This Court finds that plaintiffs have adequately pleaded that their claims against Fox News have a sufficient basis in law so as to withstand the burden imposed by CPLR 3211(g). They allege that Fox News acted with actual malice by broadcasting information proffered by Powell, Giuliani, and the Fox anchor defendants which it knew was false and that, even if Fox News did not know the information was false, it had reason to doubt the veracity of the same since it was unsupported by any facts and was refuted by election specialists and officials. Plaintiffs also plead that Fox News acted with ill will towards them by making them scapegoats for President Trump’s loss of the election and by broadcasting material intended to bolster its ratings at the expense of their reputation.

The judge went on:

Fox News attempts to distance itself from the allegedly defamatory statements made by Powell and Giuliani by claiming that it repeatedly asked those defendants for proof substantiating their accusations about plaintiffs and they failed to produce any. However, this fact can also support plaintiffs’ claim that Fox News had reason to suspect that what it was broadcasting was false, and nevertheless continued to allow Powell and Giuliani to appear on its network, specifically on shows hosted by Dobbs, Bartiromo, and Pirro, to promote completely unfounded claims that plaintiffs’ software enabled President Biden to steal the election. Even assuming that Fox News did not intentionally allow this false narrative to be broadcasted, there is a substantial basis for plaintiffs’ claim that, at a minimum, Fox News turned a blind eye to a litany of outrageous claims about plaintiffs, unprecedented in the history of American elections, so inherently improbable that it evinced a reckless disregard for the truth.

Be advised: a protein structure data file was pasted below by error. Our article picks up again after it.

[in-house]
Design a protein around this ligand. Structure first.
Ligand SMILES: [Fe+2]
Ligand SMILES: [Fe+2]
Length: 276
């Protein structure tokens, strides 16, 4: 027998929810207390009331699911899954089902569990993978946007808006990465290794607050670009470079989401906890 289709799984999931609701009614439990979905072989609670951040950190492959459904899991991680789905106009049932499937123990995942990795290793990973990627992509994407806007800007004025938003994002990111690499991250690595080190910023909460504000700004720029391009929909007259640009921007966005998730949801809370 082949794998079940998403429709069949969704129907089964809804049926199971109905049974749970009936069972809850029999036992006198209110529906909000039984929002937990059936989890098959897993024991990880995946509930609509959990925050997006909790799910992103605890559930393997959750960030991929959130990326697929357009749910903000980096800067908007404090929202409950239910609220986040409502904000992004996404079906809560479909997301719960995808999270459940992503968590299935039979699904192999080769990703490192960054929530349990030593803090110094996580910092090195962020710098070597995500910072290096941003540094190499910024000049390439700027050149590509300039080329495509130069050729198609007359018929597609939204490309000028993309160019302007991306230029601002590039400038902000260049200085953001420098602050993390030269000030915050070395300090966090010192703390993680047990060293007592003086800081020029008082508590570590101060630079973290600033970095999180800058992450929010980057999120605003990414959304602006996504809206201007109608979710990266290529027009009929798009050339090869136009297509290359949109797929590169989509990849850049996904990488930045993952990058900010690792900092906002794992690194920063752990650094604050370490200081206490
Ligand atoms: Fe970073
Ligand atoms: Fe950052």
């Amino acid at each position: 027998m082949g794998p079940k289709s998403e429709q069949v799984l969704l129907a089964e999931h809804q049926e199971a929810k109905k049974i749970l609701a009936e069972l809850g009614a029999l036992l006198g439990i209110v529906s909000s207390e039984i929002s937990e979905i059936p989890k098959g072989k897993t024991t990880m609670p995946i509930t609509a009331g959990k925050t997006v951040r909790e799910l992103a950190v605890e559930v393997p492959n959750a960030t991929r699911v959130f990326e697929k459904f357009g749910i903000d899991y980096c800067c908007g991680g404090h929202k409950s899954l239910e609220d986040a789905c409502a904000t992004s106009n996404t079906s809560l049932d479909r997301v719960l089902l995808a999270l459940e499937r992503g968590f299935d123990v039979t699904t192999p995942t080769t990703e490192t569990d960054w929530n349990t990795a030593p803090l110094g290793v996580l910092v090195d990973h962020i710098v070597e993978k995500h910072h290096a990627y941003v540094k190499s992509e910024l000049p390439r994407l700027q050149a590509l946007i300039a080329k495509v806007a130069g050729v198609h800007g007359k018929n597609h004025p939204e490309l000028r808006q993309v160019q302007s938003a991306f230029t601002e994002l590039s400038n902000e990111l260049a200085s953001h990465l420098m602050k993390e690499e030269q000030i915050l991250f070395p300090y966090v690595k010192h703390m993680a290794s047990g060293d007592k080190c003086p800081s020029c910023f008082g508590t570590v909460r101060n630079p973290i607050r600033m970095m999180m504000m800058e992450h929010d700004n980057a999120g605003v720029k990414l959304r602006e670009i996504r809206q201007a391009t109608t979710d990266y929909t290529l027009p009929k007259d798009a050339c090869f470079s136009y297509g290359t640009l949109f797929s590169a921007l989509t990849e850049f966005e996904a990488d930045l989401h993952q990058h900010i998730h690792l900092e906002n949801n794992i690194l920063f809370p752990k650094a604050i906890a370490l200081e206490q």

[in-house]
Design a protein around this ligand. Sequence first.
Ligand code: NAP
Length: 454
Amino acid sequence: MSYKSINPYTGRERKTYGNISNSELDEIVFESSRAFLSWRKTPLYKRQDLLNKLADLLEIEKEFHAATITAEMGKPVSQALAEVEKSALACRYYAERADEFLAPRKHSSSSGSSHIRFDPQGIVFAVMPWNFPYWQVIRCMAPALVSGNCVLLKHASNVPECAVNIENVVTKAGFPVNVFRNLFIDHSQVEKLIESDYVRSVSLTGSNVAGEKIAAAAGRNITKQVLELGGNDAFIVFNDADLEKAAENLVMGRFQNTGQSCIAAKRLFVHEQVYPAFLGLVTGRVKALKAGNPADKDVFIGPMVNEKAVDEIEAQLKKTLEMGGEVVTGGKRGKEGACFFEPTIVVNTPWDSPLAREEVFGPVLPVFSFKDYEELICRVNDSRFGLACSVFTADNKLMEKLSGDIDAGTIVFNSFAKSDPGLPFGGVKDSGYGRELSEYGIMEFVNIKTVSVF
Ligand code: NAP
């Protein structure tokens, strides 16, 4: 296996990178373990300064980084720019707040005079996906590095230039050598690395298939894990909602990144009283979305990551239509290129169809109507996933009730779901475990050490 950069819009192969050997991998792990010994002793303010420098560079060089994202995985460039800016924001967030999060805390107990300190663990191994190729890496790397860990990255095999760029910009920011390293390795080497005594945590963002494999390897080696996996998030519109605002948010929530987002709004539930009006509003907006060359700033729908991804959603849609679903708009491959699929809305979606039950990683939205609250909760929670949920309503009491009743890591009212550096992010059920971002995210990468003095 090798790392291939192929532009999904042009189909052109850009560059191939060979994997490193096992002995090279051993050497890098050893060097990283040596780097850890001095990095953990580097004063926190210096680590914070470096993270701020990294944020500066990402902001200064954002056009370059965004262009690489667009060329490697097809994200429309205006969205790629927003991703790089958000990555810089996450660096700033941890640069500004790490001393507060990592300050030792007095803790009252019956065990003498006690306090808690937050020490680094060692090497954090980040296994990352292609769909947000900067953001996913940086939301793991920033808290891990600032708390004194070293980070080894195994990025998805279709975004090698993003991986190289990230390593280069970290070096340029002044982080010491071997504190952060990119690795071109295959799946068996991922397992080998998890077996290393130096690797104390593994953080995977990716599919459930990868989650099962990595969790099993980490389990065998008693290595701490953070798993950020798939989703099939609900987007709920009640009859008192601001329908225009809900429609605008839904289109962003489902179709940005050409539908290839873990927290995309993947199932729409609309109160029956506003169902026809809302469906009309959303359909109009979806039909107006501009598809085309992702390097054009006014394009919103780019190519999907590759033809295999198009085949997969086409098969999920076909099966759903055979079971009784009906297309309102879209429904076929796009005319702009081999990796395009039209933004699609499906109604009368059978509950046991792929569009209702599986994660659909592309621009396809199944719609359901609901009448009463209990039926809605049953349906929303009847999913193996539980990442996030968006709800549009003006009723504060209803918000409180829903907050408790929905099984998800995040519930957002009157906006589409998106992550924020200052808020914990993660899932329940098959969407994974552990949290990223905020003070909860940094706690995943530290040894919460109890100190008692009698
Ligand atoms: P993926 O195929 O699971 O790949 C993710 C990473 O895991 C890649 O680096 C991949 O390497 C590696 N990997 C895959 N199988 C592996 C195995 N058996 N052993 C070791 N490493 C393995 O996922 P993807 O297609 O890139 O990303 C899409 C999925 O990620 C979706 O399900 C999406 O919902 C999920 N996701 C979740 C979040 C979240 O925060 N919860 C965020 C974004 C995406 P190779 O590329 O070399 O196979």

The judge then pointed to the words of Tucker Carlson as evidence that Fox could have taken a different course. That course, the judge reasoned, had indeed been charted by Carlson himself.  Per the judge (added emphasis ours):

Ironically, the statements of Tucker Carlson, perhaps the most popular Fox News host, militate most strongly in favor of a possible finding that there is a substantial basis that Fox News acted with actual malice. As noted above, on November 19, 2020, Dobbs posted a video of he and Powell on Twitter with a caption stating, inter alia, that Powell “has no doubt that Dominion voting machines run [SUSA]’s software which allows [it] to manipulate the votes.” The same day, Carlson wrote an article stating that, for over a week, Powell had been claiming that the election had been stolen and that, if Powell were correct, it would be the greatest crime in American history, and he thus asked her to substantiate her comments. However, Powell never provided the evidence requested by Carlson, and President Trump’s campaign advised Carlson that it knew of no such evidence. Therefore, there are sufficient allegations that Fox News knew, or should have known, that Powell’s claim was false, and purposefully ignored the efforts of its most prominent anchor to obtain substantiation of claims of wrongdoing by SUSA.